The Caribbean Public Health Agency (CARPHA) urges Ministries of Health to continue the rollout of their COVID-19 vaccination campaigns but warns against using adult vaccines for children.
In a statement, CARPHA said it recognizes that the “uptake of the vaccine is critical to achieving maximum protection from severe disease and death in the region.” However, its Programme Manager for its Caribbean Regulatory System, Dr. Rian Extavour, “cautions Member States against the use of any adult formulation of the Pfizer-BioNTech COVID-19 vaccine for the vaccination of children aged 5 to 11 years of age.”
Pfizer, while feverishly promoting its new vaccine, has submitted requests for approval by the US Center for Disease Control (CDC), but the regulatory body on Friday delayed “approval” until April 2022 at the earliest. “Approval” for a vaccine is a statement by the regulator that the vaccine is safe and effective for its designed use. While some vaccines may not have “approval”, they may be “authorized”, meaning that the benefits of using the vaccines outweigh the known risks, and therefore permissible for use in the case of an emergency, like the Covid-19 pandemic. With children aged 5-11 being in a very low-risk category, “approval of a new Pfizer vaccine for that group would need at a minimum “approval”.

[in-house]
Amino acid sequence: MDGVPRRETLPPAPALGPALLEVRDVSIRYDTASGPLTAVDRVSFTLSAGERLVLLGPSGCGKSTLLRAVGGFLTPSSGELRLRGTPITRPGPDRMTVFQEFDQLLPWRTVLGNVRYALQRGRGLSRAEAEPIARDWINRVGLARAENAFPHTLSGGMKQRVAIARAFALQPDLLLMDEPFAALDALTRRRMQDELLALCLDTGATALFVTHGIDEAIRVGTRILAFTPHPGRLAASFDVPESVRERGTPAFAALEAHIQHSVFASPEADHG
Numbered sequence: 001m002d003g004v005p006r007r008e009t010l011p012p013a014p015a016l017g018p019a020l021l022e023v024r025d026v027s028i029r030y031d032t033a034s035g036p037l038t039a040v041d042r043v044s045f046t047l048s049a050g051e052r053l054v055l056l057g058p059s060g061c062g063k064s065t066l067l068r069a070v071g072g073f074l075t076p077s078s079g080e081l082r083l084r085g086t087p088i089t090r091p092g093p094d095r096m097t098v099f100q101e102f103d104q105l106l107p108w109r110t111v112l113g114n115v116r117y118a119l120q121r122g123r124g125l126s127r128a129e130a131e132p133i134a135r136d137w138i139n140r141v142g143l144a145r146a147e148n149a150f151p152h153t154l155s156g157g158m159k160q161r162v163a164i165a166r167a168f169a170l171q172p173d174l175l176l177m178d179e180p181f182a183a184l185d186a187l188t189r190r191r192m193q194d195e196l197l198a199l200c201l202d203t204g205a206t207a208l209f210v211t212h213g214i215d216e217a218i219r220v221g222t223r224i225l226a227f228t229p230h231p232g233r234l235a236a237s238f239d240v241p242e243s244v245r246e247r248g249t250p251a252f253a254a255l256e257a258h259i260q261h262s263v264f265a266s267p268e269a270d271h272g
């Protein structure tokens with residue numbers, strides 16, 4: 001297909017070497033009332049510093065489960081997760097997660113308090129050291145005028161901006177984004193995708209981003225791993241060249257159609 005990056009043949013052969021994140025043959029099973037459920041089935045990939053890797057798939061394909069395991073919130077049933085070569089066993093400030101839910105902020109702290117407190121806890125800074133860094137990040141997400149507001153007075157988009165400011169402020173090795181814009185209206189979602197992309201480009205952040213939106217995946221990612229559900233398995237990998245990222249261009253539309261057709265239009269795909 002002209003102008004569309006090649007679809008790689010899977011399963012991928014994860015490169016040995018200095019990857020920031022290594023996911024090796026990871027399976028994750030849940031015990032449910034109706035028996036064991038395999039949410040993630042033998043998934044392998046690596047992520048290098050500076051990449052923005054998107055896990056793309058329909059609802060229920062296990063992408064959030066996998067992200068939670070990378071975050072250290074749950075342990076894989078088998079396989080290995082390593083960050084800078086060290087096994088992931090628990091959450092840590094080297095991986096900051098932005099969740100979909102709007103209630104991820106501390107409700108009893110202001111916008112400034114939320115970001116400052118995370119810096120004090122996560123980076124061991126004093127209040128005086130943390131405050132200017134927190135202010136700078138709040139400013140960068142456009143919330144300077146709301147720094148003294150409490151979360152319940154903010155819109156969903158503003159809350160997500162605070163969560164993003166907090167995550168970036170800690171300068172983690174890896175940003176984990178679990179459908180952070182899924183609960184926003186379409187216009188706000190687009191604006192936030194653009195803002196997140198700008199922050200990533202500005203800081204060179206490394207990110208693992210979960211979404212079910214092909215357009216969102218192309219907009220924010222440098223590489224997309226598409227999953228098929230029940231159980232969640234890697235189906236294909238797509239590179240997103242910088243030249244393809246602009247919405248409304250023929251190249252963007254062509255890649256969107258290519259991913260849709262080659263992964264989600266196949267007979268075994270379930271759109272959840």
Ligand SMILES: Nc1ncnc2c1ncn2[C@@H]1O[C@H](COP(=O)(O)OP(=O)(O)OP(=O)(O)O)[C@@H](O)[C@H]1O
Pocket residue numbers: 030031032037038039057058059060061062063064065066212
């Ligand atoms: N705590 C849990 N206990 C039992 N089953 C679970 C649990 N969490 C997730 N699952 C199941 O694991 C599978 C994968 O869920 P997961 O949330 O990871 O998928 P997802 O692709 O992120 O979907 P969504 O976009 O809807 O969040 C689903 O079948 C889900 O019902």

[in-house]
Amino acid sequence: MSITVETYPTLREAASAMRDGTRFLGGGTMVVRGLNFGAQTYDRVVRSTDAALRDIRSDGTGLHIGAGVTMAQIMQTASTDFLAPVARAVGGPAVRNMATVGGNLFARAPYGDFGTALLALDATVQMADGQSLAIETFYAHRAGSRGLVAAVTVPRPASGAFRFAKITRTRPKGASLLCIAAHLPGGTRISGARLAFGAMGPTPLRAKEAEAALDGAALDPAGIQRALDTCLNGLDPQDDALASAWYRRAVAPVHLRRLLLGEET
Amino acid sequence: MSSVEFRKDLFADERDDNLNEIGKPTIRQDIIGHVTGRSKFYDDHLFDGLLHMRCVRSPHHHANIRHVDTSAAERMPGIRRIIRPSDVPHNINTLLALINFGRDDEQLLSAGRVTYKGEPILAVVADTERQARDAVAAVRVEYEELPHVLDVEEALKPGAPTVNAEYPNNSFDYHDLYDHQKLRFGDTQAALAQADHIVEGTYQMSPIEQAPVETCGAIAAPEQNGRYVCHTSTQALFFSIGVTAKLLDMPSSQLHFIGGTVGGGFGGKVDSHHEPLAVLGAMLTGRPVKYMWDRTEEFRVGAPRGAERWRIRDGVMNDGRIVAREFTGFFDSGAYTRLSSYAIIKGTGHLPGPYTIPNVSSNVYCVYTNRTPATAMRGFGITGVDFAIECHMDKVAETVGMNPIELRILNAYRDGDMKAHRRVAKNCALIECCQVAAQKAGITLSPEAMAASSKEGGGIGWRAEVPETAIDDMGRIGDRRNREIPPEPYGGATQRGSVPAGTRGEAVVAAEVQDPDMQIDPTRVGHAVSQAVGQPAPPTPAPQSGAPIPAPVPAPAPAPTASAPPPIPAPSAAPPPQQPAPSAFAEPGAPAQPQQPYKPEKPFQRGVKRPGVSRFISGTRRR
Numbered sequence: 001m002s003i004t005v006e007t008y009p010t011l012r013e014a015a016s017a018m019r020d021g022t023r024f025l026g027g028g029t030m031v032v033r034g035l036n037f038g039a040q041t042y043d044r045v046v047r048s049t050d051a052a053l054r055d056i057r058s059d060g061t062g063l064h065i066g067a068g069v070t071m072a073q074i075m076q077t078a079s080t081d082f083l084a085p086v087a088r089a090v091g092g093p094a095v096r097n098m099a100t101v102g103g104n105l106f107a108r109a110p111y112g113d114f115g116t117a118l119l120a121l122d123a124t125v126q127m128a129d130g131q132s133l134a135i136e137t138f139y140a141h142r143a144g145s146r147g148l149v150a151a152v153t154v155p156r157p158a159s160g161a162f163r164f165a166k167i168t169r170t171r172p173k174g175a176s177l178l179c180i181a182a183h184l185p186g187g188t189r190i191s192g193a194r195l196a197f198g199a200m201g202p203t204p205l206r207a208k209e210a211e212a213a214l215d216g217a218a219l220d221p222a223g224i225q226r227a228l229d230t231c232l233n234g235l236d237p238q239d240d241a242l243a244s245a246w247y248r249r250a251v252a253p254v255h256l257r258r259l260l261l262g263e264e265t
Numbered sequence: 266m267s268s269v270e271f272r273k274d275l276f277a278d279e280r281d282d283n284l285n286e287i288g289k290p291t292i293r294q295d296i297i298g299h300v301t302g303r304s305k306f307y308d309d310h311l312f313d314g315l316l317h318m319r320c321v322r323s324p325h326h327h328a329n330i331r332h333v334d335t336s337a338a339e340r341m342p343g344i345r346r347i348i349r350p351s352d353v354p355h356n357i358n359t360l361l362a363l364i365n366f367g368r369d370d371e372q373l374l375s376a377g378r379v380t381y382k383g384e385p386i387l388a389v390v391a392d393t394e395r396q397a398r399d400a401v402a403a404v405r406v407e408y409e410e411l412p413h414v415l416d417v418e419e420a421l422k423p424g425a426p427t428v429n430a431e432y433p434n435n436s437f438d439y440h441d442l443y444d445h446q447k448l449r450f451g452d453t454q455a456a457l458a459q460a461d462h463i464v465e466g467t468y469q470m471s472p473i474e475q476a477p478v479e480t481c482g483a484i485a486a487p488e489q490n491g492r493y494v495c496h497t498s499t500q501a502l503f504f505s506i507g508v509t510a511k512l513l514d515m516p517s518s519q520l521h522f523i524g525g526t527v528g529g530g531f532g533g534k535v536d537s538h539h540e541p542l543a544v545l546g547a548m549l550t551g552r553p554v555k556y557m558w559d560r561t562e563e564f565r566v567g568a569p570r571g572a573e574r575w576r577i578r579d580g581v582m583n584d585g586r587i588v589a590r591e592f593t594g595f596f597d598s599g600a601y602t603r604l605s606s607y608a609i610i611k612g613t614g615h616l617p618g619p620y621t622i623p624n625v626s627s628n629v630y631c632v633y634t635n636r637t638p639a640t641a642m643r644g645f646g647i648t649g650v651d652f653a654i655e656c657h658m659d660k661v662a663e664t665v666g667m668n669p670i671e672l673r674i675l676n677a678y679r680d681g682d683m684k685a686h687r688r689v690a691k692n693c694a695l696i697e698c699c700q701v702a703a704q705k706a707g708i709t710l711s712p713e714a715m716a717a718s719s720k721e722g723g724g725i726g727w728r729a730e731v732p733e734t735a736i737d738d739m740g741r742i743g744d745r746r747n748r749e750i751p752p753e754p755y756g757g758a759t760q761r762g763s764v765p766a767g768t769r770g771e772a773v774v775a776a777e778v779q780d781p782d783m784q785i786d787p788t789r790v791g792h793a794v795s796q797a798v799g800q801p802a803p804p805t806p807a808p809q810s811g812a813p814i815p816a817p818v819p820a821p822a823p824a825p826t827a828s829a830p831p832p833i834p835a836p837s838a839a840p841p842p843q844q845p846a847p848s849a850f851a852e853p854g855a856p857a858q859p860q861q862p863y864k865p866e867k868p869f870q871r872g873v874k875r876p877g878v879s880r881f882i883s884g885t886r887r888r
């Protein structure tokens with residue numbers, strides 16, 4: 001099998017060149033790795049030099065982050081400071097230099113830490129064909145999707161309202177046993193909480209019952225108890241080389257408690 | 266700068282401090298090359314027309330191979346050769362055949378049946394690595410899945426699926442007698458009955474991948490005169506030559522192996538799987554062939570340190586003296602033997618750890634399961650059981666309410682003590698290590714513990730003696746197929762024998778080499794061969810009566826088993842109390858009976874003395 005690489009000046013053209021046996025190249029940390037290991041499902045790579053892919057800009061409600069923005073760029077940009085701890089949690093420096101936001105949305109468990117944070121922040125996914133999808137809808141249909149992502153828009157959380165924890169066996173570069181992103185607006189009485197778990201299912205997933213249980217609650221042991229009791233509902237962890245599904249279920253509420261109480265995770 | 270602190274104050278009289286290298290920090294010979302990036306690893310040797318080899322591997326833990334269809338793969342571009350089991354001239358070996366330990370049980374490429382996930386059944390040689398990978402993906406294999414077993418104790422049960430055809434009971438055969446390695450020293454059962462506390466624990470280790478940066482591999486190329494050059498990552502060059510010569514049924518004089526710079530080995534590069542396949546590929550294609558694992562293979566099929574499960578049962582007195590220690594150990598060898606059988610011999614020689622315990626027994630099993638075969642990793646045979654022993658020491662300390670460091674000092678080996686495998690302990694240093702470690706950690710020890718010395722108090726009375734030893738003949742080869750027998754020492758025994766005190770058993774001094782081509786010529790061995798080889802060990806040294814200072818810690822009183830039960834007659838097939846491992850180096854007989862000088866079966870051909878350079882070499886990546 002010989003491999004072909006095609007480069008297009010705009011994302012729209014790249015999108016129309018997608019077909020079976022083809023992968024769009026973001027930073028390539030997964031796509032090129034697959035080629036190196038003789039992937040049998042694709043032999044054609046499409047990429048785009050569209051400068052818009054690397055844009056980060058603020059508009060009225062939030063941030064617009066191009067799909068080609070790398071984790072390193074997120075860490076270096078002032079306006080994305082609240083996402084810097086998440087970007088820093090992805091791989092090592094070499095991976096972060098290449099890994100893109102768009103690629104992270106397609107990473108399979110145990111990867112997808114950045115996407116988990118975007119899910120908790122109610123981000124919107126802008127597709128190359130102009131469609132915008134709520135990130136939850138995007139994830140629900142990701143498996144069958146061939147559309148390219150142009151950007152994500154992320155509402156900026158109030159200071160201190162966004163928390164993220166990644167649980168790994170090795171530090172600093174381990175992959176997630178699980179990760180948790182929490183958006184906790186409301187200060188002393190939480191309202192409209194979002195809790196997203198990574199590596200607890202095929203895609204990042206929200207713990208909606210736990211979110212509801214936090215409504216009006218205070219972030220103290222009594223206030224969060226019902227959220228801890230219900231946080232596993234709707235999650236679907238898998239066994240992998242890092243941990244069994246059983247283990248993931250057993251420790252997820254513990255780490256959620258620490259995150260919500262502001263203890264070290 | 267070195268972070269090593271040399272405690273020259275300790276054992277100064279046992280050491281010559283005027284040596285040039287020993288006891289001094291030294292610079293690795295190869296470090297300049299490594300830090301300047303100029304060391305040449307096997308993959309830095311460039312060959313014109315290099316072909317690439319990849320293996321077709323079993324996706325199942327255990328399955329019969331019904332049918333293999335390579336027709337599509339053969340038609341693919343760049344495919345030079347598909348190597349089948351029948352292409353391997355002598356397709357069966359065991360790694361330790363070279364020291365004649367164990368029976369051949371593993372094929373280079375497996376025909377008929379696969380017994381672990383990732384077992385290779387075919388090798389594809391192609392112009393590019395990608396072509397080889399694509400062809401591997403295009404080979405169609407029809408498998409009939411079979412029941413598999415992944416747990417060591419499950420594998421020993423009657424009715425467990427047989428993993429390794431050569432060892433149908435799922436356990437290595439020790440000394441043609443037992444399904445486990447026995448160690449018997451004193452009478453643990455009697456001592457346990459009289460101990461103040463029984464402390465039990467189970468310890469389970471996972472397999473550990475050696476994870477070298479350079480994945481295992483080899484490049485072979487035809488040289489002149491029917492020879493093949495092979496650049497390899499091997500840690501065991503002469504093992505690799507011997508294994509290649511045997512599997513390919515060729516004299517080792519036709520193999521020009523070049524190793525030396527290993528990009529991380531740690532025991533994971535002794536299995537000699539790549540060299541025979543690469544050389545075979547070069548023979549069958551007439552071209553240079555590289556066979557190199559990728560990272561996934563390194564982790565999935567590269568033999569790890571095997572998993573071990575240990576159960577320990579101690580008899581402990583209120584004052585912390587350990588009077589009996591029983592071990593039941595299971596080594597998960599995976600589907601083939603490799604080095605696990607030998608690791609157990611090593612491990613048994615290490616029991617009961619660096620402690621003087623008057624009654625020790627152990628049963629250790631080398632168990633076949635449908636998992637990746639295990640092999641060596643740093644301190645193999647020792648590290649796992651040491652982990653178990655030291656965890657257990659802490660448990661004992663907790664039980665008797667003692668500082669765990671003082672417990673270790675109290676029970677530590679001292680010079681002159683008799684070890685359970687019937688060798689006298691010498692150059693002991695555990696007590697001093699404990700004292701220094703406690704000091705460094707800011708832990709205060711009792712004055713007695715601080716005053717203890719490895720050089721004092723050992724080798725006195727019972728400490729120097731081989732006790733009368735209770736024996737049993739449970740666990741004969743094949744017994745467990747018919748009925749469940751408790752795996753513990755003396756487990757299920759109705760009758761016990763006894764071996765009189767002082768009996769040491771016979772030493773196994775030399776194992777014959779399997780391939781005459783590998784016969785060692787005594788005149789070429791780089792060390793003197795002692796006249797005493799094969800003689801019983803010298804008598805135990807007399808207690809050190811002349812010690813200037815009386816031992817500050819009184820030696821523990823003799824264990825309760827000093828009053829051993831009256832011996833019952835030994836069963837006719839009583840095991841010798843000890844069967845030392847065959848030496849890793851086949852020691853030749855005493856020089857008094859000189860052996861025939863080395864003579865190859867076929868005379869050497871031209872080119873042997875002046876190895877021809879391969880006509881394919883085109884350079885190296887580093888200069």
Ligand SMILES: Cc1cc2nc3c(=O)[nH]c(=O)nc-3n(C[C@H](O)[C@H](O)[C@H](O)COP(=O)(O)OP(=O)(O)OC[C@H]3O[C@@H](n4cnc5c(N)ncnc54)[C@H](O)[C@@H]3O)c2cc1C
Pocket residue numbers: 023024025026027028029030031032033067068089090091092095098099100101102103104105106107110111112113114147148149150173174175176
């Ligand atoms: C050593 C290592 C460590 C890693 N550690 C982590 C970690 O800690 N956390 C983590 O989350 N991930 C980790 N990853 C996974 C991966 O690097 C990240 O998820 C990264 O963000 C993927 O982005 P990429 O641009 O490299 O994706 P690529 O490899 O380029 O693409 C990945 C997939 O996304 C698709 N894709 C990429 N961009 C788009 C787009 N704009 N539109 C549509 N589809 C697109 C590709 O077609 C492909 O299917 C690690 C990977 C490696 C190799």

Dr. Extavour points out that insofar as vaccination of children is concerned, “There is an absence of information on testing of the phosphate-buffered saline formulation in children 5-11 years.” Of concern to CARPHA, she adds, is “the increased possibility of errors in administration with drawing up smaller volumes than 0.3mL, which is the adult dose, from the adult formulation.”
CARPHA Executive Director, Dr. Joy St. John, also spoke on the issue, saying: “Errors in administration of fractionated doses can make vaccination of children aged 5-11 years with adult vaccines a risky practice.”
Dr. St John says CARPHA is “awaiting the WHO Emergency Use Listing before we recommend use of the US FDA-approved vaccines developed specifically for children 5-11 years of age.”
The statement concluded: “At this time, CARPHA has not yet recommended the pediatric formulation due to the absence of confirmation of the new formulation by the World Health Organization (WHO) Prequalification team under the relevant Emergency Use Listing (EUL).”
As with unauthorized and unapproved drugs like Ivermectin, CARPHA only recommends COVID-19 drugs authorized and approved by the WHO.